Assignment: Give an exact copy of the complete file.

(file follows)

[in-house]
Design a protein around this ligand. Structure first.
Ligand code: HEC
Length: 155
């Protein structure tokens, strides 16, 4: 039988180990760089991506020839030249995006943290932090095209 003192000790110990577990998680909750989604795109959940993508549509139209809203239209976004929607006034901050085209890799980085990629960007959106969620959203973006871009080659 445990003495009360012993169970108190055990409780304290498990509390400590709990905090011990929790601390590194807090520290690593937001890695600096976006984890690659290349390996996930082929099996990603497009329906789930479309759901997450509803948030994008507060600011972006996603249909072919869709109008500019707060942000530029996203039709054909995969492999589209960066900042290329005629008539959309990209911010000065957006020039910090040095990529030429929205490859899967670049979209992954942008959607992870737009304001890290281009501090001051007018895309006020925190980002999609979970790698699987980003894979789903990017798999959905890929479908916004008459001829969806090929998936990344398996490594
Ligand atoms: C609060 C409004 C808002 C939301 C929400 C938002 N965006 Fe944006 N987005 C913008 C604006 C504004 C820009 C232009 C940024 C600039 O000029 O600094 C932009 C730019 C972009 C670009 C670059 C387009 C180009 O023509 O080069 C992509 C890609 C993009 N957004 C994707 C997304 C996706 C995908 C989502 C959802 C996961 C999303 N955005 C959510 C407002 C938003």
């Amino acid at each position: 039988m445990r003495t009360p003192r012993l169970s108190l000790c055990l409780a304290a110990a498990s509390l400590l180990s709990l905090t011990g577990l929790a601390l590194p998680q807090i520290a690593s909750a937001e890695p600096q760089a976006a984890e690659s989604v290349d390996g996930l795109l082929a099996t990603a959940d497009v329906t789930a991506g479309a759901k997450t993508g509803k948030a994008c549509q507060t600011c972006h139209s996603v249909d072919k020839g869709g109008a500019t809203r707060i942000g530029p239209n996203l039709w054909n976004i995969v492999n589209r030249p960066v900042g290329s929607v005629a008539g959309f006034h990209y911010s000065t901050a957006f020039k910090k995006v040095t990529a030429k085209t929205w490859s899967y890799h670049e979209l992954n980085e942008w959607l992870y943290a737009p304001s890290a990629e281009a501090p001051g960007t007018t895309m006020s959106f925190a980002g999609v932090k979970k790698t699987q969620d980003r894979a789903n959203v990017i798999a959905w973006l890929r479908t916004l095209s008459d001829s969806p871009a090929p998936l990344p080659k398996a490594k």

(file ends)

[in-house]
Design a protein around this ligand. Structure first.
Ligand code: HEC
Length: 155
């Protein structure tokens, strides 16, 4: 039988180990760089991506020839030249995006943290932090095209 003192000790110990577990998680909750989604795109959940993508549509139209809203239209976004929607006034901050085209890799980085990629960007959106969620959203973006871009080659 445990003495009360012993169970108190055990409780304290498990509390400590709990905090011990929790601390590194807090520290690593937001890695600096976006984890690659290349390996996930082929099996990603497009329906789930479309759901997450509803948030994008507060600011972006996603249909072919869709109008500019707060942000530029996203039709054909995969492999589209960066900042290329005629008539959309990209911010000065957006020039910090040095990529030429929205490859899967670049979209992954942008959607992870737009304001890290281009501090001051007018895309006020925190980002999609979970790698699987980003894979789903990017798999959905890929479908916004008459001829969806090929998936990344398996490594
Ligand atoms: C609060 C409004 C808002 C939301 C929400 C938002 N965006 Fe944006 N987005 C913008 C604006 C504004 C820009 C232009 C940024 C600039 O000029 O600094 C932009 C730019 C972009 C670009 C670059 C387009 C180009 O023509 O080069 C992509 C890609 C993009 N957004 C994707 C997304 C996706 C995908 C989502 C959802 C996961 C999303 N955005 C959510 C407002 C938003």
């Amino acid at each position: 039988m445990r003495t009360p003192r012993l169970s108190l000790c055990l409780a304290a110990a498990s509390l400590l180990s709990l905090t011990g577990l929790a601390l590194p998680q807090i520290a690593s909750a937001e890695p600096q760089a976006a984890e690659s989604v290349d390996g996930l795109l082929a099996t990603a959940d497009v329906t789930a991506g479309a759901k997450t993508g509803k948030a994008c549509q507060t600011c972006h139209s996603v249909d072919k020839g869709g109008a500019t809203r707060i942000g530029p239209n996203l039709w054909n976004i995969v492999n589209r030249p960066v900042g290329s929607v005629a008539g959309f006034h990209y911010s000065t901050a957006f020039k910090k995006v040095t990529a030429k085209t929205w490859s899967y890799h670049e979209l992954n980085e942008w959607l992870y943290a737009p304001s890290a990629e281009a501090p001051g960007t007018t895309m006020s959106f925190a980002g999609v932090k979970k790698t699987q969620d980003r894979a789903n959203v990017i798999a959905w973006l890929r479908t916004l095209s008459d001829s969806p871009a090929p998936l990344p080659k398996a490594k």